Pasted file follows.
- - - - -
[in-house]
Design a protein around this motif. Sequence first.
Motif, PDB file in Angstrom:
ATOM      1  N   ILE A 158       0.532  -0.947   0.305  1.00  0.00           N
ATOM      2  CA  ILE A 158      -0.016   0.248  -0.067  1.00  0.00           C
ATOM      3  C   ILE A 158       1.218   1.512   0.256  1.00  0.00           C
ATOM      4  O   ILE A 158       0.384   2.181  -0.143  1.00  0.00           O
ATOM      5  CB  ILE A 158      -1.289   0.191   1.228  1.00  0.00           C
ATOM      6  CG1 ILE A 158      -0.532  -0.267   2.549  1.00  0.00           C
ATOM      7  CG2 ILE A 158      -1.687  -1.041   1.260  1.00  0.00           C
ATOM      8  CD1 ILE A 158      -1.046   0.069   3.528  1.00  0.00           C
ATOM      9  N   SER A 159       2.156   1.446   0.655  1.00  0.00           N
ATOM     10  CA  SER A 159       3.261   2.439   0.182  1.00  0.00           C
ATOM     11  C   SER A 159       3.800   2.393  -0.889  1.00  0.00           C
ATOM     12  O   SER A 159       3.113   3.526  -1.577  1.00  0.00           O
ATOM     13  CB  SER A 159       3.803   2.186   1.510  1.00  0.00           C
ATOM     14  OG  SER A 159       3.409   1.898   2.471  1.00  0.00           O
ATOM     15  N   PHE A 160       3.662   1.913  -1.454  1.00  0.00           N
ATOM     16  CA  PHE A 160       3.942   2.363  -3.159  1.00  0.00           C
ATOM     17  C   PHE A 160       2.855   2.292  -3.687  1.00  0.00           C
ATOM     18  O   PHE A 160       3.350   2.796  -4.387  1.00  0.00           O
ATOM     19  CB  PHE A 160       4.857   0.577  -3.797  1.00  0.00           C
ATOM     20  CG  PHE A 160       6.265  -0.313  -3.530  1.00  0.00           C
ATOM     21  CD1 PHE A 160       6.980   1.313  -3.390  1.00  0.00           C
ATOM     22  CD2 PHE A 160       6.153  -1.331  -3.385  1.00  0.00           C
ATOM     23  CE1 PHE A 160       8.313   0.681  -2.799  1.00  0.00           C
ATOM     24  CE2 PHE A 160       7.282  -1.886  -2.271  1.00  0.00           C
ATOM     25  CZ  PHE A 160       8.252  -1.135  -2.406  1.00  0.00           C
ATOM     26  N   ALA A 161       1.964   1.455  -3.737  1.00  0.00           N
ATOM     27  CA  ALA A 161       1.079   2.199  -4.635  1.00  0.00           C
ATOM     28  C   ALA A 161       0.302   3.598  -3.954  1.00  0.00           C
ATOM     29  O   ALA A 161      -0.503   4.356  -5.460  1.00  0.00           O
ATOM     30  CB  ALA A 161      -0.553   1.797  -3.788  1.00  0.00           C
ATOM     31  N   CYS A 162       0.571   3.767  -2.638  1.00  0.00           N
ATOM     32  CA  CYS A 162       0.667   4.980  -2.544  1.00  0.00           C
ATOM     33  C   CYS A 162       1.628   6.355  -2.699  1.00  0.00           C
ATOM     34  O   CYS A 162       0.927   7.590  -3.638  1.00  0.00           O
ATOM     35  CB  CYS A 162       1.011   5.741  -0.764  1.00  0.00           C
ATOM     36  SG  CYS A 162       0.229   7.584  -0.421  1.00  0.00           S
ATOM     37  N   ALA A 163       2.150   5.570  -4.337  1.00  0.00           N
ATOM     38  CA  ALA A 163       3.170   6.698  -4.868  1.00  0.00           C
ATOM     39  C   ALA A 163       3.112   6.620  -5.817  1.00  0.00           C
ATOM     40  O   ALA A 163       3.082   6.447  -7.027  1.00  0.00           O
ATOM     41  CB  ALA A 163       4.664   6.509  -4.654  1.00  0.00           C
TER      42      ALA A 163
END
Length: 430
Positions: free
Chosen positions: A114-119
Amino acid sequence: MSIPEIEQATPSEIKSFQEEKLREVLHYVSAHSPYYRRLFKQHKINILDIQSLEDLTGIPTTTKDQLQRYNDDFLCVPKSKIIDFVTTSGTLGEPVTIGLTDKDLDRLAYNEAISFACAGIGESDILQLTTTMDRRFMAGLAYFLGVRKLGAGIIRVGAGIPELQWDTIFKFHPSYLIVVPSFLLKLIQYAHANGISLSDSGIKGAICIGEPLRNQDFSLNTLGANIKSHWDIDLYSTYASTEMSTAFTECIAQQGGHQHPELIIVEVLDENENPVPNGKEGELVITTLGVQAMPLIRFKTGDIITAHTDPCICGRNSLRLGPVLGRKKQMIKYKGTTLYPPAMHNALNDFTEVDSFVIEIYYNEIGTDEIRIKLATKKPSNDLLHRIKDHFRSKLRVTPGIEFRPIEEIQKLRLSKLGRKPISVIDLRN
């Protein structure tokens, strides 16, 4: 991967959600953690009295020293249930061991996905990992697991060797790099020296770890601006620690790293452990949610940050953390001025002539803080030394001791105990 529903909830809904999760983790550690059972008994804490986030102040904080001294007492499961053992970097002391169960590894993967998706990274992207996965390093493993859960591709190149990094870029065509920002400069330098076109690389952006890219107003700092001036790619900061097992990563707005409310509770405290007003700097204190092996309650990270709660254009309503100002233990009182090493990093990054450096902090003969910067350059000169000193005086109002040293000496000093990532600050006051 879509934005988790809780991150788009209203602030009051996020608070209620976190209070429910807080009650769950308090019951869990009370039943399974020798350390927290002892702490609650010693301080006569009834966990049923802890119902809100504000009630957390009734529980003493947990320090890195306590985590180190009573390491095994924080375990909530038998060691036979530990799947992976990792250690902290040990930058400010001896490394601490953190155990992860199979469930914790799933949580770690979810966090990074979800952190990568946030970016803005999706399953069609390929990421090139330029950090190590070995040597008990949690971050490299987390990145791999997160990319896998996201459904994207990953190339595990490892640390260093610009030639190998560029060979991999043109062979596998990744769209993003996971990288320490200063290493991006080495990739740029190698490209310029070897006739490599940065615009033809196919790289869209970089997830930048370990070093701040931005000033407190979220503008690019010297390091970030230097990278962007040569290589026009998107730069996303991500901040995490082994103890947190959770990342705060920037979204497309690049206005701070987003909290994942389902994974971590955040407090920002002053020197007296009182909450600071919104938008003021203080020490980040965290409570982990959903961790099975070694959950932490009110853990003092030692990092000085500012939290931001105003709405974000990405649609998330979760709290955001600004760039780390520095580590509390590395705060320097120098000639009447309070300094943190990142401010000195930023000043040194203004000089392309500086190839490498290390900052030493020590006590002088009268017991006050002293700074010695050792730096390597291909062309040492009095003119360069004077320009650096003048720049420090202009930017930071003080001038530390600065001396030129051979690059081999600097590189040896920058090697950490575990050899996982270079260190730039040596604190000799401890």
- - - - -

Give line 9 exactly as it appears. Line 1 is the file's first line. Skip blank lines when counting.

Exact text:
ATOM      6  CG1 ILE A 158      -0.532  -0.267   2.549  1.00  0.00           C